Daniel Terpstra was part of the third cohort of Lean Launch Pad for Genomics, which was offered during spring 2014. He was part of Pendulum, a team that explored the potential commercialization pathways of a devise that objectively measures the severity of Parkinson’s disease. Daniel’s team conducted a record number of interviews and it was the team that demonstrated the most progress throughout the LLP sessions. When we met Daniel, he fit the profile of an entrepreneur. We are pleased that he has found value in the LLP sessions and that he continues to apply the tools he learned in his current projects.
The Profile of an Entrepreneurby Daniel Terpstra
In high school I took Physics 12 by correspondence, which taught me self motivated learning, and began my love of applied science. Before transferring over to UBC, after a brief stint in computer science, I had the good fortune of working in the labor industry for 5 years. In the dangerous and fast-paced world of (basically) a lumberjack I developed the fierce work ethic, critical thinking, and leadership skills that aided me through my degree and still separates me from many of my colleagues today. I graduated with distinction and co-operative education from the Electrical Engineering program at UBC in 2011.
My degree validated that at heart I truly am an engineer, but deeper still I was something else most of my peers were not – an innovator.
This became evident in every academic technical project and every co-op work placement I participated, as I constantly challenged the existing designs or infrastructure. When I ended my full-time job as a Research Engineer earlier this year it was because I had gone as far as I could go with innovation and personal growth. Additionally, having done co-op with D-Wave Systems, an elite team through-and-through, I yearned to work with a centrally focused innovative team again. It was time to make a go at entrepreneurship, something I had been considering for years.
In the beginning of 2014 I rearranged my life to optimize for entrepreneurial success opportunity, which included reducing my cash burn rate to levels which would allow me to survive for over 18 months. After a few months I found myself in the Lean Launch Pad (LLP) for Genomics program at UBC. While editing a friend’s PhD thesis I happened to notice a technical gap in Parkinson’s Disease (PD) research, and this was what we brought into LLP. In LLP we broke the record for customer discovery, having spoken to nurses, researchers, and neurologists from all over the world.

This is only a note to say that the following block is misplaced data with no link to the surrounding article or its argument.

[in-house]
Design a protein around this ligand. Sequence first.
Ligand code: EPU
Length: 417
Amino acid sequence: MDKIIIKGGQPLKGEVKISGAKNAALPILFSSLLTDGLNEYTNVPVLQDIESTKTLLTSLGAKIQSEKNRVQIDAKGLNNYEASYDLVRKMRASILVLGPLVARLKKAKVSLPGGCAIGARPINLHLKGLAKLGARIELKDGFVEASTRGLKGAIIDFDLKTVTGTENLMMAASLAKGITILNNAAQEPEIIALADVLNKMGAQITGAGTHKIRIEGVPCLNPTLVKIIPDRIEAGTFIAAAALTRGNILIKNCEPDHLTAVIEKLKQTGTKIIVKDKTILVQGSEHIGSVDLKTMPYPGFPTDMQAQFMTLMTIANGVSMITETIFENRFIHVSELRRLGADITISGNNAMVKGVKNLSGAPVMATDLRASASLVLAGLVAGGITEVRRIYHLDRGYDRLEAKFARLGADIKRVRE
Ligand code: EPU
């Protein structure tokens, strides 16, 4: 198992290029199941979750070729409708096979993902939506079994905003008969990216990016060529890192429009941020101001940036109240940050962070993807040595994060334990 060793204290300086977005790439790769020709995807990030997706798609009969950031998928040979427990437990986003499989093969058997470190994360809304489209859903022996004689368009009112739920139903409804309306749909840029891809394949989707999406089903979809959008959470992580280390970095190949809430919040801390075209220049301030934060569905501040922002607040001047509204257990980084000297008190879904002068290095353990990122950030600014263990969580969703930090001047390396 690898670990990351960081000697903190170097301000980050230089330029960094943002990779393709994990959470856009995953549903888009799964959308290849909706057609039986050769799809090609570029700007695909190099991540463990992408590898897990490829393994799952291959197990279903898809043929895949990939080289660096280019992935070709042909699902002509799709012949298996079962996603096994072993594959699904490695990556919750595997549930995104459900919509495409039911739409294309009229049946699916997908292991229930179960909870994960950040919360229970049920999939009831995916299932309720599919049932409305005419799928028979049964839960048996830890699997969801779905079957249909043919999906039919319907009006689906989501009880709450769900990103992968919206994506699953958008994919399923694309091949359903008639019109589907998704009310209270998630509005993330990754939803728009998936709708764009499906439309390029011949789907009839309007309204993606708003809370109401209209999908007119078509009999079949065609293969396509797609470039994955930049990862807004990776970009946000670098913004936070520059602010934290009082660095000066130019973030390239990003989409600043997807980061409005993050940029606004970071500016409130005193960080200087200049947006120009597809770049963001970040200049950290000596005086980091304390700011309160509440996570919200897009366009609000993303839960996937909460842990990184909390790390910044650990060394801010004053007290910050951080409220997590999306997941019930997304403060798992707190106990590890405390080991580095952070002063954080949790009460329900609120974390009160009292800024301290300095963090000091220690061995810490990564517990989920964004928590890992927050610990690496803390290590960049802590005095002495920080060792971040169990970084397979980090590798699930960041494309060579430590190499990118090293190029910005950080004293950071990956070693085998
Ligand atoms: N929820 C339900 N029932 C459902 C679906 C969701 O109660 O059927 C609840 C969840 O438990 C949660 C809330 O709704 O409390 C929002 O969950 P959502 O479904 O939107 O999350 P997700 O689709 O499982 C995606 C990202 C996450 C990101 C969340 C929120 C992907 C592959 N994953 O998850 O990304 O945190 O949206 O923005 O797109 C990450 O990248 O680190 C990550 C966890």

After a total of 5 months this endeavor was brought to a decisive close – an ideal failure.
While failure is always disappointing, what I have learned about entrepreneurship and myself in these past few months will certainly prove to be invaluable in the future.
I feel very optimistic about my coming journey. What I’ve been able to amass in 8 months of full-time entrepreneurial pursuit is a great rapport with the entrepreneurship group at UBC, a great entrepreneurship mentor, a few technical advisors, and a growing network of potential co-founders. I am keeping my eye out for great opportunities in existing startups while pursuing the behemoth market opportunities in genomics. I have no idea what I’ll be working on next month, but one things for sure; the future is limitless.
More posts by Daniel: The Importance of Mapping Your Competitive Ecosystem – Interface Summit 2014